However, many schools do not use the Common App, and have their own essays and questions they want answered. Those that are on Common App almost always have a supplement, specific to their school, which will ask more university-specific questions, like if you are eligible for Legacy, but will also often have a second essay portion or additional materials section. It says optional, but always do this section if it is available to you. It will put you on par with every other student who took the time to do this "extra" section. Although sometimes this section will allow you to send in non-essay pieces (like videos, art pieces, audio recordings, scrapbooks, etc.) you may find that writing another essay is the most advantageous for you, if you don't think your personality or ability translates well into other mediums.

Some schools may ask you to write multiple essays as a requirement, others won't require any essays at all, and still others will only have you do a few short answer questions to be answered in 3 paragraphs or fewer. Check out your schools and see what their apps look like!

3- If you wait for school to start, you'll find that school has started. Life doesn't stop just so you can work on your college application. You will still have homework, projects, tests, sports/clubs, and all kinds of other things to worry about. A lot of my friends saw the school year as "work time" and summer as "play time" and left starting their essays to after homework and projects and tests started mounting. Your college app will always take a back seat to things with more immediate deadlines-- until the application deadline becomes immediate! Start working on your essay when there's still enough time for you to dedicate to it.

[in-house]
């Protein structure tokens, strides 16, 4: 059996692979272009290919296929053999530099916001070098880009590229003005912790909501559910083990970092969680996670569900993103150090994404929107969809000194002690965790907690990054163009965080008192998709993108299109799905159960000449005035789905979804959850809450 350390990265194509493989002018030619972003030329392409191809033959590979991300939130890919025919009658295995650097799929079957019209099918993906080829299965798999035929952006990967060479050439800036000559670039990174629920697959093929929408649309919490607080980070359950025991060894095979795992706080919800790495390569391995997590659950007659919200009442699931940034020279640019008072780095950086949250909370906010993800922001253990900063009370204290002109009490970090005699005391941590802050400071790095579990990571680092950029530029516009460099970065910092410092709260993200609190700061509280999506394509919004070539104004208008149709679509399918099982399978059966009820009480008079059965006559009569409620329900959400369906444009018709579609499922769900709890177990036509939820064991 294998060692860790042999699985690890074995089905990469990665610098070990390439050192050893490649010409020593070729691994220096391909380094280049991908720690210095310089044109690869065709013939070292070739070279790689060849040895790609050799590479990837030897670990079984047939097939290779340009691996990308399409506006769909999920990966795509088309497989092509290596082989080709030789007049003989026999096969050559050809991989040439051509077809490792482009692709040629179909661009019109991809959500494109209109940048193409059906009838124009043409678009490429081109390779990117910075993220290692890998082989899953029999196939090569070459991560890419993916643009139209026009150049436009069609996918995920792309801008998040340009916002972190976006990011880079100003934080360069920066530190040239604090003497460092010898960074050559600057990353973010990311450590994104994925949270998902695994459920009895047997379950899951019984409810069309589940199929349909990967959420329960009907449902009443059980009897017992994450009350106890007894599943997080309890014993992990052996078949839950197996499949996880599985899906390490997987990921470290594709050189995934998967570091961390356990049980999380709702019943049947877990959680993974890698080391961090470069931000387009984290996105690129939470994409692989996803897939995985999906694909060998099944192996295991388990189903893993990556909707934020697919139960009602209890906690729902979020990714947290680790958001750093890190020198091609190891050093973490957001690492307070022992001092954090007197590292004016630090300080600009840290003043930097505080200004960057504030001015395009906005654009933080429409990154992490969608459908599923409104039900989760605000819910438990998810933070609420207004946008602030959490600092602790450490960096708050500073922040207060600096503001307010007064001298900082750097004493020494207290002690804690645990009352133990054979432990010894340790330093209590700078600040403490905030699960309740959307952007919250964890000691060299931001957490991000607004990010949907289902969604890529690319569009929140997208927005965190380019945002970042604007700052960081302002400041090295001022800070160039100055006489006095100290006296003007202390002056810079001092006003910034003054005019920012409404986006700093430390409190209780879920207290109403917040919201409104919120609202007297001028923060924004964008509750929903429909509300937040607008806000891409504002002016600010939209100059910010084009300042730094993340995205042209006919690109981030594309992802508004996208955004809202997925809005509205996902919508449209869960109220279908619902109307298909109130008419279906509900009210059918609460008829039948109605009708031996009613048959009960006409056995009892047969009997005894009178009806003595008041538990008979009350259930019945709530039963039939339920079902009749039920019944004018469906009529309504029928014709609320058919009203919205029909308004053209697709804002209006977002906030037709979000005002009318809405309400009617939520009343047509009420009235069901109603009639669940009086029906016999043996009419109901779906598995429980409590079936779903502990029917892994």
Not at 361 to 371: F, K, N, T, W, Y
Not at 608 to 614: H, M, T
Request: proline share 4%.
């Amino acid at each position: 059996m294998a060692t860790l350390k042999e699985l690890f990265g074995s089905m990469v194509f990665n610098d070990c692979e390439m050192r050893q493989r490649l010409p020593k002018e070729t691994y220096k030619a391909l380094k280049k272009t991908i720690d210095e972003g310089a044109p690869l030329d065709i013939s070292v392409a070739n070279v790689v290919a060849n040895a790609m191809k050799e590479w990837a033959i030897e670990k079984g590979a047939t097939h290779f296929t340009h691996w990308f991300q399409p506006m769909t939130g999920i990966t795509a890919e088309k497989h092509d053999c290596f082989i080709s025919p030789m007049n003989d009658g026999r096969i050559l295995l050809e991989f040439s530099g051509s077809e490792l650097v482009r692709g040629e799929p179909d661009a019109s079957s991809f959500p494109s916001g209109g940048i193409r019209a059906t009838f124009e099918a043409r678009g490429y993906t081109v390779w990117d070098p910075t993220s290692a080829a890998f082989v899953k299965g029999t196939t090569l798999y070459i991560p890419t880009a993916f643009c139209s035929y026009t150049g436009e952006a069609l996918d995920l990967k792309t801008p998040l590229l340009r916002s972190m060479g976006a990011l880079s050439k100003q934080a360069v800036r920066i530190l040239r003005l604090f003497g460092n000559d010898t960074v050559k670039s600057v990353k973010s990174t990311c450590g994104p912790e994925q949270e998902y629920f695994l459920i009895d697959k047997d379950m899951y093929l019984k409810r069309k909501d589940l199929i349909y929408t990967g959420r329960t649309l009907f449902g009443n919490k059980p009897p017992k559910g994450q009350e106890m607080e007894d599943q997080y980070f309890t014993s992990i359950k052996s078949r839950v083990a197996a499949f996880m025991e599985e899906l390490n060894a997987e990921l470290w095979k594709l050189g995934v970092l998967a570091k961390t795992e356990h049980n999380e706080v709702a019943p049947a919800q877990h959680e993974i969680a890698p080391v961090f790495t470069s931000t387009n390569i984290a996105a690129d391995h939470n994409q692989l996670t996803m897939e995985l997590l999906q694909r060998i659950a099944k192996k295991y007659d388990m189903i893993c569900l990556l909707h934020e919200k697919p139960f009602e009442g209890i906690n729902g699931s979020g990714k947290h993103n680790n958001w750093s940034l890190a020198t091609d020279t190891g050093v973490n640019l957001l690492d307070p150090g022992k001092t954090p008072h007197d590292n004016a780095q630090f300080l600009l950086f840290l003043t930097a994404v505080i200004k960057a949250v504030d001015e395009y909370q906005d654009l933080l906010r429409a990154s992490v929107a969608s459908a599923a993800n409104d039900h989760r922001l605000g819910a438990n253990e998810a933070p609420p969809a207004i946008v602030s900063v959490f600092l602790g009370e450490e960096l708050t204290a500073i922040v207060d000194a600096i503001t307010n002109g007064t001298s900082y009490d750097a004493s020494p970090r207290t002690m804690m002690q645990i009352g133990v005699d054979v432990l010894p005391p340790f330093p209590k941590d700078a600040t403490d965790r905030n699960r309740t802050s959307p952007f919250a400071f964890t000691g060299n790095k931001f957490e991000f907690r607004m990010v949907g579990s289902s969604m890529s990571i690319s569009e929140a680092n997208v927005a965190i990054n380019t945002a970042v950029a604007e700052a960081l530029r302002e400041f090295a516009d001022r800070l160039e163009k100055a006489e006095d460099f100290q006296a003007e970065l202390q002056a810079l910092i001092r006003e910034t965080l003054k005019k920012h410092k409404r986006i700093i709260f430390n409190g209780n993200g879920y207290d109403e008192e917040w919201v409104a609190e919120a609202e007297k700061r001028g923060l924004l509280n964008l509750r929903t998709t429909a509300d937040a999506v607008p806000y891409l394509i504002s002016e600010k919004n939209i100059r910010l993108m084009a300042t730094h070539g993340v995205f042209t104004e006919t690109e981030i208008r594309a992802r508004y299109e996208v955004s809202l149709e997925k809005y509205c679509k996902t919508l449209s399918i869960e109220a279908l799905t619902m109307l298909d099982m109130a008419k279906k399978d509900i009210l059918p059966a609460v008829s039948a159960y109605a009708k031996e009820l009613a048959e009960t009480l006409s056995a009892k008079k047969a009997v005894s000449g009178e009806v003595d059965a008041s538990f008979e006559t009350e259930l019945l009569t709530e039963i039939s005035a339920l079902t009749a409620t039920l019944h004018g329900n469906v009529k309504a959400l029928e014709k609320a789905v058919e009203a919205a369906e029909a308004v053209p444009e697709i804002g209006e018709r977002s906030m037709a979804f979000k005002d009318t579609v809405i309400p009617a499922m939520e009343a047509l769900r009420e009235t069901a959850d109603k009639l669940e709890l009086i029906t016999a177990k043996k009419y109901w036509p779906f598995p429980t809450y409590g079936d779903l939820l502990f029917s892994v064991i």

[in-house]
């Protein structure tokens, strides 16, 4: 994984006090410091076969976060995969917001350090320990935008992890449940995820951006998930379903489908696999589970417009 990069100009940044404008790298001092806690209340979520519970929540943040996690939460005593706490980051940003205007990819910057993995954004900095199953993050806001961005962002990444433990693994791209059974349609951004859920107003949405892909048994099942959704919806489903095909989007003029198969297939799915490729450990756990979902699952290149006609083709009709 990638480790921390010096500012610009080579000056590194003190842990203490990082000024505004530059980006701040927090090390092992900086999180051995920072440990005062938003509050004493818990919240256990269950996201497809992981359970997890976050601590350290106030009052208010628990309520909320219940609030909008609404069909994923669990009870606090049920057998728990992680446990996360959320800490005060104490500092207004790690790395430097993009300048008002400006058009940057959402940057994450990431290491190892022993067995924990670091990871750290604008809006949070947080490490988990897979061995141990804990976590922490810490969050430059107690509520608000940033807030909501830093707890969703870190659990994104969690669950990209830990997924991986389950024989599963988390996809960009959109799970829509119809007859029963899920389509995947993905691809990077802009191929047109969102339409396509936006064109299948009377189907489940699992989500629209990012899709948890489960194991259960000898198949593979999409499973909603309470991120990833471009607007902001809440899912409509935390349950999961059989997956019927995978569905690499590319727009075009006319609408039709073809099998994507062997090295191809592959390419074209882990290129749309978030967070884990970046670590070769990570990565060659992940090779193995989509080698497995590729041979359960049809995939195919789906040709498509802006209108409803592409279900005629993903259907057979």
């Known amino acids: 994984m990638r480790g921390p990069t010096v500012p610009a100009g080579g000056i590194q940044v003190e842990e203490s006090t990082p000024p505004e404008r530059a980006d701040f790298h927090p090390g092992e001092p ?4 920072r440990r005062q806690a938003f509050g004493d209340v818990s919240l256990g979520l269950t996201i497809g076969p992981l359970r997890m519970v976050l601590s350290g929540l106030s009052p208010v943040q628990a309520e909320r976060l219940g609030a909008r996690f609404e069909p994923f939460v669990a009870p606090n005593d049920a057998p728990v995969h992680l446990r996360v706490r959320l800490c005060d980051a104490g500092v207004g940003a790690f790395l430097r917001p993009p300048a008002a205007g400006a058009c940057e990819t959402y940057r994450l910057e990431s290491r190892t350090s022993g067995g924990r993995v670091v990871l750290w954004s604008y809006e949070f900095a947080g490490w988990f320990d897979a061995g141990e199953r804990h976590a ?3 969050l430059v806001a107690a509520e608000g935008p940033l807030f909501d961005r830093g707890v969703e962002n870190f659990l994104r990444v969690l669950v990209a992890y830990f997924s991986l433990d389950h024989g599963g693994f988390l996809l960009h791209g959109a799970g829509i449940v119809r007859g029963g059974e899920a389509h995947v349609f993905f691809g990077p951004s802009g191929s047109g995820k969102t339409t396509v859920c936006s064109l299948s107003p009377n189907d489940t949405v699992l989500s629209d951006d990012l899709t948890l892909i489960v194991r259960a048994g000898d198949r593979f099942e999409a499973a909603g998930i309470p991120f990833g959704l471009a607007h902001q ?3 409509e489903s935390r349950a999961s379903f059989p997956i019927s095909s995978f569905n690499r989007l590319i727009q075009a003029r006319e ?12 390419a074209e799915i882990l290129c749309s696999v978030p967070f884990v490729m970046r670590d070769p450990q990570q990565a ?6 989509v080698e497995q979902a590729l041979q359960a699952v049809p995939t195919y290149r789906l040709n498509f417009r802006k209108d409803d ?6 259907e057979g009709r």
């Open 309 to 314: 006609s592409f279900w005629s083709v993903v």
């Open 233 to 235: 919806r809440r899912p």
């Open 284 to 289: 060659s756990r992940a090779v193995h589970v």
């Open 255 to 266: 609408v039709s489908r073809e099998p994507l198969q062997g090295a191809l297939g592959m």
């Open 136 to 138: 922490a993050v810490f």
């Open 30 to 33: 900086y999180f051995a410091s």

4- You give yourself options if your essay is done early. If your essays are out of the way early, you then have the option of applying early action or early decision to some schools. If you get in you no longer have to stress about getting in, and even if you get deferred, there's still round two! Applying early gives you a chance to send additional materials, even if you are deferred. I applied early decision, and let me tell you, my year was much less stressful than everyone else's since I got in early. When everyone was at each other's throats as the rejections and acceptances start rolling in, it was so nice to not be caught in the fray.

5- In the summer, there's plenty of time to relax between sometimes-stressful brainstorms and writing sessions. You can visit the pool, go on a trip, hang out, whatever. It's nice to be able to take a breather from college stuff. You won't really get that opportunity going into senior year. You'll find that you're more creative, more focused, and more effective if you write when you're not stressed all the time. You're also freer from the ideas and biases of other people affecting how you think about your essay.